Definition: Two nodes are of the same parity if the distance between them is even. Two nodes are of opposite parity if the distance between them is odd.
Definition: The value of a node is z iff Pz is the first P node reachable from that node. (Nodes with value z are Pz, the Qz's, and any leaf nodes connected to Pz or a Qz.)
Definition: "First part" of fox's strategy is everything before "repeat moves in reverse". "Second part" is "repeat moves in reverse". Note that the value of the fox does not decrease during the first part, and does not increase during the second.
Note: As long as the fox moves to an adjacent hole each night, the fox and rabbit will remain at the same parity, or remain at opposite parity. If the fox checks the same hole on two adjacent night, the fox and rabbit switch from same parity to opposite parity or vice versa.

Claim: If the fox and rabbit start at the same parity, and the rabbit is not caught, then the value of the rabbit node will never be less than the value of the fox node during the first part.
Proof by contradiction: Consider the first time this happens. This is not the first move (since fox begins with value 1). The value of an animal changes by at most one each night, and can only change when moving from P node to P node.
How did the values change since the previous night? - value of rabbit 1 higher than fox, Fox +1, rabbit -1: This is not possible since it would require both animals to be at P nodes, with the rabbit at one higher than the fox, which would have them at different parities.
- fox and rabbit at same value k, Fox +0, rabbit -1: This is not possible. The rabbit would have to be at Pk. The fox could not be at a leaf node (it never visits them) or a Qk node (which is at a different parity), so it would have to be at Pk, where it is caught. - fox and rabbit at same value k, Fox +1, rabbit +0: This is not possible. The fox must have been on Pk. The rabbit was not on a Qk or a leaf node connected to Pk (those had different parities from the fox), so the rabbit was on a leaf node connected to Qk_m, for some m. During the time the fox has value k, the rabbit can not move to Pk (during the moves when the rabbit can move there, the fox will also be there), so the rabbit must be at Qk_m, or a leaf node connected to it. At some point in the strategy, the fox will move to Qk_m and will capture the rabbit.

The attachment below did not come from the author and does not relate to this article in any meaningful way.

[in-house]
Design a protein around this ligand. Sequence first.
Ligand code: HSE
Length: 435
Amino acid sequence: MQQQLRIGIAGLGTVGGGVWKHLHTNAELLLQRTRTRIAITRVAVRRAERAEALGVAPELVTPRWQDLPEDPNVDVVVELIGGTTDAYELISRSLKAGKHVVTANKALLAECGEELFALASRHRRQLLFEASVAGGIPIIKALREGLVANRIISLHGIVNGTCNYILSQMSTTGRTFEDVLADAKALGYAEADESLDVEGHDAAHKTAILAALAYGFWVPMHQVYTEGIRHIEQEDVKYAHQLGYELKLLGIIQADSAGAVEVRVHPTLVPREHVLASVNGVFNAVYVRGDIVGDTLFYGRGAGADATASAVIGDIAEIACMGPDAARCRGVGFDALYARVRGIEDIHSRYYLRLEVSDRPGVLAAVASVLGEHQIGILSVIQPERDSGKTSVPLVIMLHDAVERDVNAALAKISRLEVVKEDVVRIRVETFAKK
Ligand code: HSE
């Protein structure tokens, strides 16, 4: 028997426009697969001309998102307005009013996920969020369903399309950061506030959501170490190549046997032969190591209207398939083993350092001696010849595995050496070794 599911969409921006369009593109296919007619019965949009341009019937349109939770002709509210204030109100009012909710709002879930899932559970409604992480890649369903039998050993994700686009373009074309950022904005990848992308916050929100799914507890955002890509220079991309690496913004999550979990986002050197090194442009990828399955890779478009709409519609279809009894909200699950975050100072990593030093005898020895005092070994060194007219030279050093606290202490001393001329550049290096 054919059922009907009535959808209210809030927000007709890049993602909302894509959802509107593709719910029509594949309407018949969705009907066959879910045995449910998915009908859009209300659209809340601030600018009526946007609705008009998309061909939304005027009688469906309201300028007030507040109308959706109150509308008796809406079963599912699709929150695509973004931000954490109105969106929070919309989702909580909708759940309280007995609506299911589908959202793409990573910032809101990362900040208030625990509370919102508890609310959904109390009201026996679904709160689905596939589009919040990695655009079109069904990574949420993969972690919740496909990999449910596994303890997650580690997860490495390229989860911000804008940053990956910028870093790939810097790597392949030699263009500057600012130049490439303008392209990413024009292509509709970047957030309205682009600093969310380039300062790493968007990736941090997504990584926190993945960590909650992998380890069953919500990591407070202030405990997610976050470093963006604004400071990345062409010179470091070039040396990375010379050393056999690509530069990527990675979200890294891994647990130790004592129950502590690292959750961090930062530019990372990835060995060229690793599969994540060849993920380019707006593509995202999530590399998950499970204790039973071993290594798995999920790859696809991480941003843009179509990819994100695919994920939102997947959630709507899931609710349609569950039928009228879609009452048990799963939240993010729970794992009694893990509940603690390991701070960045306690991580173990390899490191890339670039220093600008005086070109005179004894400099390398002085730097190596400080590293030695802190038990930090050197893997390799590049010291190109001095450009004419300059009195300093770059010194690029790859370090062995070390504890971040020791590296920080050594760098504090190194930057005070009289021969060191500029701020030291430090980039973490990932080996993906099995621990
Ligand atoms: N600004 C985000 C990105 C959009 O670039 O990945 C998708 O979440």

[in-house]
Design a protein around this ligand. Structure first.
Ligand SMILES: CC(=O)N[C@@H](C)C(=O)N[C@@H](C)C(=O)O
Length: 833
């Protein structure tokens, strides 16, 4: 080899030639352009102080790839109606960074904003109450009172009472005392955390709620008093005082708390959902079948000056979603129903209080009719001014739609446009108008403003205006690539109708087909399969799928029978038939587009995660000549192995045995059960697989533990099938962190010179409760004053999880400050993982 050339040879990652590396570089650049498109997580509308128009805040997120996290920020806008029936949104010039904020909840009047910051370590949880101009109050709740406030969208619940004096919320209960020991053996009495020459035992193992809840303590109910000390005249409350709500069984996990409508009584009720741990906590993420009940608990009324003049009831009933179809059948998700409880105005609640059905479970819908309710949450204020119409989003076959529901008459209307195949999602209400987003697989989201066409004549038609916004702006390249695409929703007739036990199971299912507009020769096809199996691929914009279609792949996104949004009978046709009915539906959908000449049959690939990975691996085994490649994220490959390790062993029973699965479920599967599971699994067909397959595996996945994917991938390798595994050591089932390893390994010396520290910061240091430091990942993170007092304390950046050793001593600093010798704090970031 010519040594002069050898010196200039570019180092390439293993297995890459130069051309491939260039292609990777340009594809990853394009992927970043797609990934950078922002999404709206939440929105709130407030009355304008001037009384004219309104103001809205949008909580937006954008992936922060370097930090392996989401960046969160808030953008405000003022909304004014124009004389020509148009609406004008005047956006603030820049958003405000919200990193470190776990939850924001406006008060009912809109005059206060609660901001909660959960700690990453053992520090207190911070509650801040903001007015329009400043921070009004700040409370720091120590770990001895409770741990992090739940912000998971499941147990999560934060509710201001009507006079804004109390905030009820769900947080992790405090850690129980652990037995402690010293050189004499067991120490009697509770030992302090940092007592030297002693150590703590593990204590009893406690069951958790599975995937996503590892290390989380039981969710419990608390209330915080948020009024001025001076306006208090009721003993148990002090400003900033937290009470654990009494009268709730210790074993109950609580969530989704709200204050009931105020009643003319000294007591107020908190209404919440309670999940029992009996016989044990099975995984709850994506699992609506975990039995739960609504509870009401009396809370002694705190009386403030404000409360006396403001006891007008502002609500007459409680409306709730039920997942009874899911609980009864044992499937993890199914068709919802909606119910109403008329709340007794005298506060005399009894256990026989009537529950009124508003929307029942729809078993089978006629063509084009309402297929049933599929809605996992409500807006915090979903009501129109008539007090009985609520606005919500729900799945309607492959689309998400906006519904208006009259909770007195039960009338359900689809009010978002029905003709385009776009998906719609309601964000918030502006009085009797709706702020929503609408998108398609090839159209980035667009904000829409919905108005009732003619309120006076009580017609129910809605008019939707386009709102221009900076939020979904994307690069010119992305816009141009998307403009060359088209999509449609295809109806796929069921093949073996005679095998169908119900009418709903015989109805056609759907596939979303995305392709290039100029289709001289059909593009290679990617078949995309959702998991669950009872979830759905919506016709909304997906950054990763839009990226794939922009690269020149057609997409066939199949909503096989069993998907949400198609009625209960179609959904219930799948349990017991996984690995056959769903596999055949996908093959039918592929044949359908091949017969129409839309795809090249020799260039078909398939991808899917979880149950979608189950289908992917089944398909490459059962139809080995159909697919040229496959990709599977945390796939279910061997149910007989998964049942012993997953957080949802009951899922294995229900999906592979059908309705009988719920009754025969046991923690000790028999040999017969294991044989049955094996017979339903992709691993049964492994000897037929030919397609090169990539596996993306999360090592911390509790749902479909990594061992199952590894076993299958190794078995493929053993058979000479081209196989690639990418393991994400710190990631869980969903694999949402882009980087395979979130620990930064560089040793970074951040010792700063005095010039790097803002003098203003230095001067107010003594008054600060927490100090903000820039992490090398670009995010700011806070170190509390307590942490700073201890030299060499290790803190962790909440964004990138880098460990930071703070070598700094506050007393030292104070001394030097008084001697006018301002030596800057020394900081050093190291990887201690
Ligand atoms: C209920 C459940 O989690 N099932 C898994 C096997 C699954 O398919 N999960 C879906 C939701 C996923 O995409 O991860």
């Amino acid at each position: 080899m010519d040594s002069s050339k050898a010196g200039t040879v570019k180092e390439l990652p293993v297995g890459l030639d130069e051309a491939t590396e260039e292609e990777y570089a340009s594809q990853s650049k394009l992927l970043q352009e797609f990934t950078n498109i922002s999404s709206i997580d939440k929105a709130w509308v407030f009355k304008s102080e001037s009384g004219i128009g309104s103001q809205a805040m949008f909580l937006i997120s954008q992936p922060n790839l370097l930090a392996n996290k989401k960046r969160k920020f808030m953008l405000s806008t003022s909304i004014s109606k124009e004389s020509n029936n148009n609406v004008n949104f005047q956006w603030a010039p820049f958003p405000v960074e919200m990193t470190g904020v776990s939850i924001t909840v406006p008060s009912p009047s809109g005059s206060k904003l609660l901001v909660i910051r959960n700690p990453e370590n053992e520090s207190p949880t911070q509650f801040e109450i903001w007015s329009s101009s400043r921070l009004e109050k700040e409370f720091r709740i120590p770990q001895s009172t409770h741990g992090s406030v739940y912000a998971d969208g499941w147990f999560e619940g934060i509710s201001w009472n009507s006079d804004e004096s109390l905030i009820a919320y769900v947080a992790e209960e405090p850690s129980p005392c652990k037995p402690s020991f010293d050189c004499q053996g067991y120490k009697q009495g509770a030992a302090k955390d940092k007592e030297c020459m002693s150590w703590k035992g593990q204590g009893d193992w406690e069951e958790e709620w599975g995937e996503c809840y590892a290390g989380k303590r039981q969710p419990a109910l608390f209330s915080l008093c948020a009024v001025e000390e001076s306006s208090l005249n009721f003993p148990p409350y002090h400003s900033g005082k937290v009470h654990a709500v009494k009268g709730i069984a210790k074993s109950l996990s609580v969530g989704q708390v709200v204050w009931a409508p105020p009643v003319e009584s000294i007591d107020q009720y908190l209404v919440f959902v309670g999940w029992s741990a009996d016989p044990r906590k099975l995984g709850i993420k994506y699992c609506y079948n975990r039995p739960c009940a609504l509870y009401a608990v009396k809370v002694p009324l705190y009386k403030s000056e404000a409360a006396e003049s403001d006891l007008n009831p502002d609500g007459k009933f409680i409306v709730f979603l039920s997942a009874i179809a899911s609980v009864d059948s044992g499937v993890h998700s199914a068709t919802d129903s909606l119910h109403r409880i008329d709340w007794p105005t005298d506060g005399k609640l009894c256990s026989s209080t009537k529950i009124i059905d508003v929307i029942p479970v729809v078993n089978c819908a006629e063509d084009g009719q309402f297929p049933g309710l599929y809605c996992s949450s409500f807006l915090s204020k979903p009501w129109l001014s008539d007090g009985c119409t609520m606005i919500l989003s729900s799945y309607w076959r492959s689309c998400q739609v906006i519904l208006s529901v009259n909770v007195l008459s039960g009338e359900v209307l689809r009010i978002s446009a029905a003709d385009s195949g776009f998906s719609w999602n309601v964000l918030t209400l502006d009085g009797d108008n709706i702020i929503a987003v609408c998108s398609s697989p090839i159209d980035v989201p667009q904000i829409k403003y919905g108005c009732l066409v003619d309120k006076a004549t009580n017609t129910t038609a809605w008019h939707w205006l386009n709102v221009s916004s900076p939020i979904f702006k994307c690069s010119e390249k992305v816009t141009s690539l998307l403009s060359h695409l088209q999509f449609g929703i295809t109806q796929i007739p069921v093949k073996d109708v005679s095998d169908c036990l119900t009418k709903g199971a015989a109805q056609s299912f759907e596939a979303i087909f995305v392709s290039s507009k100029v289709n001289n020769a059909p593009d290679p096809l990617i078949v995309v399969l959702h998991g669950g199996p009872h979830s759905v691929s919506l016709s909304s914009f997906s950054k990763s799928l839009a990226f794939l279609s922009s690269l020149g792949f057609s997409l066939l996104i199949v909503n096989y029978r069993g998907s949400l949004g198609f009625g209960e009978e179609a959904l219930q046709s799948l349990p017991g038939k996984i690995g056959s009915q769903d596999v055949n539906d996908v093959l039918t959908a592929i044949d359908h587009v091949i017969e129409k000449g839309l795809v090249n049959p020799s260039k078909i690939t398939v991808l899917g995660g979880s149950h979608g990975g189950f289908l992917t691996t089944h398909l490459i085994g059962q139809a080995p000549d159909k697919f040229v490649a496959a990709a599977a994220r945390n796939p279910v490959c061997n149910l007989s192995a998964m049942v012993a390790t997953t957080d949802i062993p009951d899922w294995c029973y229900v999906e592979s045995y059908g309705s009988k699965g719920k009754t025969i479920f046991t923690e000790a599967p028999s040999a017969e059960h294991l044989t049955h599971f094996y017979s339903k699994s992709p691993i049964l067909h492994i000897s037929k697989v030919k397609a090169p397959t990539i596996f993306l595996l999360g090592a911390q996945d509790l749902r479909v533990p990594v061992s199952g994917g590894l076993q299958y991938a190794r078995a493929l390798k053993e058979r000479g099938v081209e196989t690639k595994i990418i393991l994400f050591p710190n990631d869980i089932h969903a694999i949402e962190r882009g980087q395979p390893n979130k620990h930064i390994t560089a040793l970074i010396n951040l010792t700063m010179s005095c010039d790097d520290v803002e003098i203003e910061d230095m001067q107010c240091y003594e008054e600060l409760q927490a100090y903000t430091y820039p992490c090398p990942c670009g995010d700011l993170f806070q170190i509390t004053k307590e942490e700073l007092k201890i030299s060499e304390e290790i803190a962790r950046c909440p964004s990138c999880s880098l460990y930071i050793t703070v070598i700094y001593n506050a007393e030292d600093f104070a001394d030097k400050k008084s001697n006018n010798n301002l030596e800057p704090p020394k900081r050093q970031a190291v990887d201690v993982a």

Other changes in value will not change a position from rabbit >= fox to rabbit < fox.

Claim: If the fox's first move and the rabbit's starting node are the same parity, the fox will catch the rabbit during part 1. Proof: At the end of the strategy, the rabbit's value is >= fox by above claim. Since there are no nodes with value > n, they must have equal values. If there are no Qn nodes, then the fox ends at Pn, and the only node with value n of same parity as fox is Pn => rabbit is caught.
If there are Qn nodes, then the fox ends at a Q node. The only nodes with value n and of the same parity as the fox are other Qn nodes, so the rabbit is at some Qn node; call it Qn_k. During the time the fox had value n, the rabbit could only be at Qn_k, or leaf nodes adjacent to Qn_k. When the fox visited Qn_k, the rabbit had to be at Qn_k and would be caught.

Claim: if the fox and rabbit start with opposite parities, then the rabbit will be caught during the second part. Proof is similar to above. At the first move of the second part, the fox checks a node two nights in a row. Since it was at opposite parity before, it will now be at the same parity, and will remain at the same parity as the rabbit during the second part. The value of the fox will remain >= value of rabbit during the second part (proof is similar to reverse claim from first part); at the end fox will win (again, proof is similar to reverse claim from first part).

This covers most graphs.

  • $\begingroup$ Related question. I've not found any other graphs in previous questions yet. $\endgroup$ Commented Jul 13, 2023 at 11:34